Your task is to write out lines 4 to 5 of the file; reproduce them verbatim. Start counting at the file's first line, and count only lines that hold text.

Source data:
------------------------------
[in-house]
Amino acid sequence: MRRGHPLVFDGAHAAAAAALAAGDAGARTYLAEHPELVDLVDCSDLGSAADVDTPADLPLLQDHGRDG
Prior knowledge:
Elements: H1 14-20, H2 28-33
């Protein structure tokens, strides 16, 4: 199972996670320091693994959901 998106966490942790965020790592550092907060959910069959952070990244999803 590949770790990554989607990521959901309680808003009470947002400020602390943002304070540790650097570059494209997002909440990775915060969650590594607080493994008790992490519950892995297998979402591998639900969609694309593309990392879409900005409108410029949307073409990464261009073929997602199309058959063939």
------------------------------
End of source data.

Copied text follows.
Elements: H1 14-20, H2 28-33
């Protein structure tokens, strides 16, 4: 199972996670320091693994959901 998106966490942790965020790592550092907060959910069959952070990244999803 590949770790990554989607990521959901309680808003009470947002400020602390943002304070540790650097570059494209997002909440990775915060969650590594607080493994008790992490519950892995297998979402591998639900969609694309593309990392879409900005409108410029949307073409990464261009073929997602199309058959063939």